“All around me people were making phone calls, and running around to inform everyone else. I could not move from where I was standing. I was looking at Saro’s face for the longest time. You know, the moment she died, all the pain left her face. She seemed so calm and happy. Like, it was exactly what she wanted. I then realised that she wasn’t in anymore pain now.”
“I left that room immediately and took over from Jaggu, who was making all those phone calls. I started calling people and telling them.”
He went silent for a moment. And he picked up from where he left, “The pain of the loss slowly faded away. but we all still missed her.”
“I miss her. But I cannot say it in front of my children.”
We both sat quietly, watching the waves, not minding the heat. I turned to see him getting up. He motioned for me to get up. “See, I miss her alright. No one makes potato curry like she did. In fact, no one I know now cooks like she did. And she was the most wonderful thing to ever happen to my life. That might sound like a very melodramatic thing to say, but it is the truth.”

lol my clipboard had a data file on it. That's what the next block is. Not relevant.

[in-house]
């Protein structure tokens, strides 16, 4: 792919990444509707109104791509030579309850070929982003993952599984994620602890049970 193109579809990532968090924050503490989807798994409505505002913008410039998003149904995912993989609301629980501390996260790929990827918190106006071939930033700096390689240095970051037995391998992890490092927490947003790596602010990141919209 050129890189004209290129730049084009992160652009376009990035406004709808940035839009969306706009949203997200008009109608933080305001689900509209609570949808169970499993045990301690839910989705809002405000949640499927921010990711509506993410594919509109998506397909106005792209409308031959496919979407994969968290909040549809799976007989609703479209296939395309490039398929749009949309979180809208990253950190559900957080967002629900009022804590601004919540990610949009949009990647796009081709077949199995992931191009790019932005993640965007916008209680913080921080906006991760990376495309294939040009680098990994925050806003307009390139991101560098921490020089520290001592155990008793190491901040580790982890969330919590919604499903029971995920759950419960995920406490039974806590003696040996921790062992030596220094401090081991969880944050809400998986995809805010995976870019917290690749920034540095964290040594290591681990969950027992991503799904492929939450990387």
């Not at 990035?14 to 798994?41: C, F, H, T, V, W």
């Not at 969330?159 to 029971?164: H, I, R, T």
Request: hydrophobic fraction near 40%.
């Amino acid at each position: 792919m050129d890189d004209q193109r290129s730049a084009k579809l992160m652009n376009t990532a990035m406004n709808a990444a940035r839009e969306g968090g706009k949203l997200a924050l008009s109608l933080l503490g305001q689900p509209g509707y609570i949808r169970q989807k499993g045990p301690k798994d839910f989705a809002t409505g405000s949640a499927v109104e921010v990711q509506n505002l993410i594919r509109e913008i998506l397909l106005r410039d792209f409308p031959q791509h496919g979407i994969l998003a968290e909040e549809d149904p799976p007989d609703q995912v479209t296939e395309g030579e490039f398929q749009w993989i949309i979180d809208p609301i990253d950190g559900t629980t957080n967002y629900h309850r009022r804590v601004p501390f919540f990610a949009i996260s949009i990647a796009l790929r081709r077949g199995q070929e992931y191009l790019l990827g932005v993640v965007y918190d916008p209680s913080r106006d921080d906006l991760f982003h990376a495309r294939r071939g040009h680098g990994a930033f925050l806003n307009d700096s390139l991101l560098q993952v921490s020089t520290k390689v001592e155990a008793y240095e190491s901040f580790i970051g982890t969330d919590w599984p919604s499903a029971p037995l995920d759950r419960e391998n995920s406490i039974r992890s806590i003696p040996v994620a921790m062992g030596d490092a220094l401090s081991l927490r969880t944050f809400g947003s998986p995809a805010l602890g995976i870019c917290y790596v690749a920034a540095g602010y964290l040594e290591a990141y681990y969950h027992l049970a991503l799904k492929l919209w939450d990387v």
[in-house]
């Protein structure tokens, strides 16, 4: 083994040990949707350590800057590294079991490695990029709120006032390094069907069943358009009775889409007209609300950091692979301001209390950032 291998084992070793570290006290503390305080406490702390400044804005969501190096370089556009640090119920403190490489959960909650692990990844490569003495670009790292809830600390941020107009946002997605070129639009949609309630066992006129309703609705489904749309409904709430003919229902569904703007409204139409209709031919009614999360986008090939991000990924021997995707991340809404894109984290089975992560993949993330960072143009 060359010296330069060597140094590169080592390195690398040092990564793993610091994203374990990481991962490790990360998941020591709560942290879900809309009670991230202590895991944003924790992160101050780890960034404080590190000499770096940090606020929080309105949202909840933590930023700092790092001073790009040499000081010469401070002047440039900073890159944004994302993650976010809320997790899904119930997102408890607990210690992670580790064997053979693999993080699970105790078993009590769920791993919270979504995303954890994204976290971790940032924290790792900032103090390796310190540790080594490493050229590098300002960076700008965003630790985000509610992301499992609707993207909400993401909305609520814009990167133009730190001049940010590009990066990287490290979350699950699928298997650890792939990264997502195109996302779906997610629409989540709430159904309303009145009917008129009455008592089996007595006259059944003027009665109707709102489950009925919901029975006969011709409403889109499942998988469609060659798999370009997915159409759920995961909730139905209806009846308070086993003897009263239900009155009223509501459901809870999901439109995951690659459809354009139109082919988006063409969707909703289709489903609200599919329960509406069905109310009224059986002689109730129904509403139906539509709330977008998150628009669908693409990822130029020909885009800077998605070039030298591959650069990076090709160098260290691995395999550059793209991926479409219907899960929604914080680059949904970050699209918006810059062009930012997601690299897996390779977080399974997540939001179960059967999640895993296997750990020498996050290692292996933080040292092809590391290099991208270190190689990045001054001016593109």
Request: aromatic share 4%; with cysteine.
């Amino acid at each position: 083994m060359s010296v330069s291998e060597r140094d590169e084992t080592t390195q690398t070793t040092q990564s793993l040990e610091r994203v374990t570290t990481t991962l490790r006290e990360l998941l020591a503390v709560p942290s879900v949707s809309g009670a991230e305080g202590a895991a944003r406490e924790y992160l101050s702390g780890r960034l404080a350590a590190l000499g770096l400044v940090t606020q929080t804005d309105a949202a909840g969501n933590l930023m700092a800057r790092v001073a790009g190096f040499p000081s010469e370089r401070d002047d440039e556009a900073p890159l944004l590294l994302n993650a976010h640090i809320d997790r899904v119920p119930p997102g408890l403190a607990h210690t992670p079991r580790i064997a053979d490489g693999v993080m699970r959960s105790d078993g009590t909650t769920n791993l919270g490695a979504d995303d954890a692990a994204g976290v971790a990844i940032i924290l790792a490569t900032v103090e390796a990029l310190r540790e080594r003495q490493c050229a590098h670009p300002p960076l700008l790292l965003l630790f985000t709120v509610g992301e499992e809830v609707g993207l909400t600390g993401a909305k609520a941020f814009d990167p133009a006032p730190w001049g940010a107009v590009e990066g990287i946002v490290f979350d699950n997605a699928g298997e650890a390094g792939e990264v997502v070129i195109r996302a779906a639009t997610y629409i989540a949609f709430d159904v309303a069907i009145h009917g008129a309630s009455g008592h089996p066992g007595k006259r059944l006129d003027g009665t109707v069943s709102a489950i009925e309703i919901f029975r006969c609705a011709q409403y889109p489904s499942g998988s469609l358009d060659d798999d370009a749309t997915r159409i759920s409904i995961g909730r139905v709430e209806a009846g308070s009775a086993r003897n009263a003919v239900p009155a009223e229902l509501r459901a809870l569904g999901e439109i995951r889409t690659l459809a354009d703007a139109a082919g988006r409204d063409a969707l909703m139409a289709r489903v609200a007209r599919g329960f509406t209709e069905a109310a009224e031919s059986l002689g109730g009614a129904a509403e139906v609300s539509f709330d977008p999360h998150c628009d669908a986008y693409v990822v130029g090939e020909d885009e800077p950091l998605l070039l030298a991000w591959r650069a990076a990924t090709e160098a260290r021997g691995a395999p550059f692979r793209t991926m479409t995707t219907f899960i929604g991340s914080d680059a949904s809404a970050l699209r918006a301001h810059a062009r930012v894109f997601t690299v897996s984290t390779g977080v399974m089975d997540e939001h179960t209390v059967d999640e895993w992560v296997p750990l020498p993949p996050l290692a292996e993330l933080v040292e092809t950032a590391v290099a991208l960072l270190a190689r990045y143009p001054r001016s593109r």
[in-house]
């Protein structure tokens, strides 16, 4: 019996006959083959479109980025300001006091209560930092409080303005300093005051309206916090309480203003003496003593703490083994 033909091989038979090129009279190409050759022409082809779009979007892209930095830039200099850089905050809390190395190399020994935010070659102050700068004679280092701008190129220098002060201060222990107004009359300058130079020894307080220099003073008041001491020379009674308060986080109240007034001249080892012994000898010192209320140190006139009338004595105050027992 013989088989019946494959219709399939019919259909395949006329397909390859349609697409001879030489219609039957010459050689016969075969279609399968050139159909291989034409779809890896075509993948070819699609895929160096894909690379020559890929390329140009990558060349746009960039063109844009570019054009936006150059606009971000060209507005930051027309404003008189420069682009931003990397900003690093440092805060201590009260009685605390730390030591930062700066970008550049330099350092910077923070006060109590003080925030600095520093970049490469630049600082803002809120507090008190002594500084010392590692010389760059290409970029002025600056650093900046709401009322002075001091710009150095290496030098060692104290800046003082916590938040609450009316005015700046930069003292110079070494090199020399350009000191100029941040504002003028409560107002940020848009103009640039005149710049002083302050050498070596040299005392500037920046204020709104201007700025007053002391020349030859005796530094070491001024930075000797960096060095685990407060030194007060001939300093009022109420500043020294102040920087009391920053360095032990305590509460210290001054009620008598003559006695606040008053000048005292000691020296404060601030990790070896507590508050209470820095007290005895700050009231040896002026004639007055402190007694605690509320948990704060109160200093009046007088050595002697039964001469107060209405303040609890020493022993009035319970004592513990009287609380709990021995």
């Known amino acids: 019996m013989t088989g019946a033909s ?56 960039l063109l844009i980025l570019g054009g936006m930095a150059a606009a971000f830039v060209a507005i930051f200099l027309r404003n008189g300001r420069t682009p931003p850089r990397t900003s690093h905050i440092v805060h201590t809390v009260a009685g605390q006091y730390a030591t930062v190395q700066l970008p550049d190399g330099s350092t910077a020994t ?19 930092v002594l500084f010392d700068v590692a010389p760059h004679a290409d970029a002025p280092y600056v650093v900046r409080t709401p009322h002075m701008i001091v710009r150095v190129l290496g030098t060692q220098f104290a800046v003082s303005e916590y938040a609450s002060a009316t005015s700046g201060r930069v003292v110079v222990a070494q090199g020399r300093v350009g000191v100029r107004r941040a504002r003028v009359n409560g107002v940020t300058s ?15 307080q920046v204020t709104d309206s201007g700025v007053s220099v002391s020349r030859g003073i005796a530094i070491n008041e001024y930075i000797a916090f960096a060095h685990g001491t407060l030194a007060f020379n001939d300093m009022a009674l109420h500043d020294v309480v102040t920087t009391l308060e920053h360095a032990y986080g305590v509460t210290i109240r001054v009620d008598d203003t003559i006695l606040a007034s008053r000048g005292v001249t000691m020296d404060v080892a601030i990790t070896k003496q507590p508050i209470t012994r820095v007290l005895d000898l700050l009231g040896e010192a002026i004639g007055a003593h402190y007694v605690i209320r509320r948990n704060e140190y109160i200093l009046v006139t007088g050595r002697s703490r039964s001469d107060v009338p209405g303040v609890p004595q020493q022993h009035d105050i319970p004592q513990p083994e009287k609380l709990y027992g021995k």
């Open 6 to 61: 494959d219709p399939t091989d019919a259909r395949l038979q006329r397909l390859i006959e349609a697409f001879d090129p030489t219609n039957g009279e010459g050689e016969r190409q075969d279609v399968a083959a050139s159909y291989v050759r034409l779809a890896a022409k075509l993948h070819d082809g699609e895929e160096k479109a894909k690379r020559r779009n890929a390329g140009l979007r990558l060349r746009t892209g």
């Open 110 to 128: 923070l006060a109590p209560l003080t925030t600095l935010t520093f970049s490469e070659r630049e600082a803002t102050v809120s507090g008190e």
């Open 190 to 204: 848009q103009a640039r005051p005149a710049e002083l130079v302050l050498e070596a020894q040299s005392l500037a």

“And you see, this is what it is. No songs and dances. No fight sequences. A simple love story, is what it is.”
Saying that, he started walking away from him. I didn’t know what to say to the man who had spent the past couple of hours telling me, a complete stranger, his life story.
I took the bus back home and turned on my laptop the moment I got there. I usually never begin my scripts with a dedication, but this time I had to.
“To Narasimhan, wherever you are. And to your inspiration, Saroja.”